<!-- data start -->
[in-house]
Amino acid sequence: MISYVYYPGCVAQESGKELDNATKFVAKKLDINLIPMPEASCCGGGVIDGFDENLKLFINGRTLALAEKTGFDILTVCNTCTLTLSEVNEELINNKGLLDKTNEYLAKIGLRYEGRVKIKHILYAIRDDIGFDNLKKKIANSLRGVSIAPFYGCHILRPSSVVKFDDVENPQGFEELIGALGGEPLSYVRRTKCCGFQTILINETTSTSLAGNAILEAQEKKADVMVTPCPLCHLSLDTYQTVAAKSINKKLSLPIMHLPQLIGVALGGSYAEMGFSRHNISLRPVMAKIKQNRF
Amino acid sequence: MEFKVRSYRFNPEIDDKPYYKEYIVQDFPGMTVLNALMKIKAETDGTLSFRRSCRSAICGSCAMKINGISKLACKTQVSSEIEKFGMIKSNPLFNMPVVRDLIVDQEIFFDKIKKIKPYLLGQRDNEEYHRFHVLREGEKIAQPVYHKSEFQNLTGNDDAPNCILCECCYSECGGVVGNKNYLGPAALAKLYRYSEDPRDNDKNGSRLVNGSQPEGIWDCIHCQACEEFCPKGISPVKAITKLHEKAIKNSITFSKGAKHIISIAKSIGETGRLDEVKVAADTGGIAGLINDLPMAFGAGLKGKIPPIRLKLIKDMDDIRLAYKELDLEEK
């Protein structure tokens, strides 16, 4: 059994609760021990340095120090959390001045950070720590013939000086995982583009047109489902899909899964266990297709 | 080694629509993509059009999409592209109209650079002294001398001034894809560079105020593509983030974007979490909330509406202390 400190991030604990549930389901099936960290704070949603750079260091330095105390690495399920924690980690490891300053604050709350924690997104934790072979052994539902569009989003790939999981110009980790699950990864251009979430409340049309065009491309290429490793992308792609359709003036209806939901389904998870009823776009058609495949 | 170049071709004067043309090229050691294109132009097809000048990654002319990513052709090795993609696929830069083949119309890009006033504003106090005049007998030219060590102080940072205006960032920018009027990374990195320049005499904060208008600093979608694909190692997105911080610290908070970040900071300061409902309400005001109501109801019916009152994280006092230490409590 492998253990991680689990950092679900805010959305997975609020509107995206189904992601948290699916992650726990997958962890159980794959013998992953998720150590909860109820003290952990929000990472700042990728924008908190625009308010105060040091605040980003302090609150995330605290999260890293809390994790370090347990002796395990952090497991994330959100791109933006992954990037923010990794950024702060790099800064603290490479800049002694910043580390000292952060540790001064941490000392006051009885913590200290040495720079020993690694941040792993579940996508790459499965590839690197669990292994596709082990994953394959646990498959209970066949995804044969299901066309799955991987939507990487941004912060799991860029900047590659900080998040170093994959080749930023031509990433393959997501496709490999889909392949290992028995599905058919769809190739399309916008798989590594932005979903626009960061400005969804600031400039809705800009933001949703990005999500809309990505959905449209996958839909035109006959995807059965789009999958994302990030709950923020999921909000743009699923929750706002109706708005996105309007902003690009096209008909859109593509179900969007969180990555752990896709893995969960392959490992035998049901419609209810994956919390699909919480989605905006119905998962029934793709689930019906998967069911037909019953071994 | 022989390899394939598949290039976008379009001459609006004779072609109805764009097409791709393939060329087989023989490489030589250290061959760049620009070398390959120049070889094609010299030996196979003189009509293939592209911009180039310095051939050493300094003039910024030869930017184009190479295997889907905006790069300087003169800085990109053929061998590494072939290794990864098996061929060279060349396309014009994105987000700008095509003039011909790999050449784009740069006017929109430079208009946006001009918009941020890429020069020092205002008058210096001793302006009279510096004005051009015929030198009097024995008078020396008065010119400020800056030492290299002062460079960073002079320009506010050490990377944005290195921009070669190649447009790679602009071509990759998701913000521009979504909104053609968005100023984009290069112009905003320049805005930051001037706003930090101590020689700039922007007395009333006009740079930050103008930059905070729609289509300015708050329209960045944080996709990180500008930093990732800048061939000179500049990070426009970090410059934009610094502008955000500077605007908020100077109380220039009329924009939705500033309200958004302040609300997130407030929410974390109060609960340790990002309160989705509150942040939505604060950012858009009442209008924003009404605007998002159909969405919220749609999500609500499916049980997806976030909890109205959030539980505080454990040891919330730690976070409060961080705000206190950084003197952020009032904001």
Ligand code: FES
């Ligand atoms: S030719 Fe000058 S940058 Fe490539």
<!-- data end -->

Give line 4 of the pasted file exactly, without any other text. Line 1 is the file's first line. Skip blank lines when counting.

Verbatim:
């Protein structure tokens, strides 16, 4: 059994609760021990340095120090959390001045950070720590013939000086995982583009047109489902899909899964266990297709 | 080694629509993509059009999409592209109209650079002294001398001034894809560079105020593509983030974007979490909330509406202390 400190991030604990549930389901099936960290704070949603750079260091330095105390690495399920924690980690490891300053604050709350924690997104934790072979052994539902569009989003790939999981110009980790699950990864251009979430409340049309065009491309290429490793992308792609359709003036209806939901389904998870009823776009058609495949 | 170049071709004067043309090229050691294109132009097809000048990654002319990513052709090795993609696929830069083949119309890009006033504003106090005049007998030219060590102080940072205006960032920018009027990374990195320049005499904060208008600093979608694909190692997105911080610290908070970040900071300061409902309400005001109501109801019916009152994280006092230490409590 492998253990991680689990950092679900805010959305997975609020509107995206189904992601948290699916992650726990997958962890159980794959013998992953998720150590909860109820003290952990929000990472700042990728924008908190625009308010105060040091605040980003302090609150995330605290999260890293809390994790370090347990002796395990952090497991994330959100791109933006992954990037923010990794950024702060790099800064603290490479800049002694910043580390000292952060540790001064941490000392006051009885913590200290040495720079020993690694941040792993579940996508790459499965590839690197669990292994596709082990994953394959646990498959209970066949995804044969299901066309799955991987939507990487941004912060799991860029900047590659900080998040170093994959080749930023031509990433393959997501496709490999889909392949290992028995599905058919769809190739399309916008798989590594932005979903626009960061400005969804600031400039809705800009933001949703990005999500809309990505959905449209996958839909035109006959995807059965789009999958994302990030709950923020999921909000743009699923929750706002109706708005996105309007902003690009096209008909859109593509179900969007969180990555752990896709893995969960392959490992035998049901419609209810994956919390699909919480989605905006119905998962029934793709689930019906998967069911037909019953071994 | 022989390899394939598949290039976008379009001459609006004779072609109805764009097409791709393939060329087989023989490489030589250290061959760049620009070398390959120049070889094609010299030996196979003189009509293939592209911009180039310095051939050493300094003039910024030869930017184009190479295997889907905006790069300087003169800085990109053929061998590494072939290794990864098996061929060279060349396309014009994105987000700008095509003039011909790999050449784009740069006017929109430079208009946006001009918009941020890429020069020092205002008058210096001793302006009279510096004005051009015929030198009097024995008078020396008065010119400020800056030492290299002062460079960073002079320009506010050490990377944005290195921009070669190649447009790679602009071509990759998701913000521009979504909104053609968005100023984009290069112009905003320049805005930051001037706003930090101590020689700039922007007395009333006009740079930050103008930059905070729609289509300015708050329209960045944080996709990180500008930093990732800048061939000179500049990070426009970090410059934009610094502008955000500077605007908020100077109380220039009329924009939705500033309200958004302040609300997130407030929410974390109060609960340790990002309160989705509150942040939505604060950012858009009442209008924003009404605007998002159909969405919220749609999500609500499916049980997806976030909890109205959030539980505080454990040891919330730690976070409060961080705000206190950084003197952020009032904001």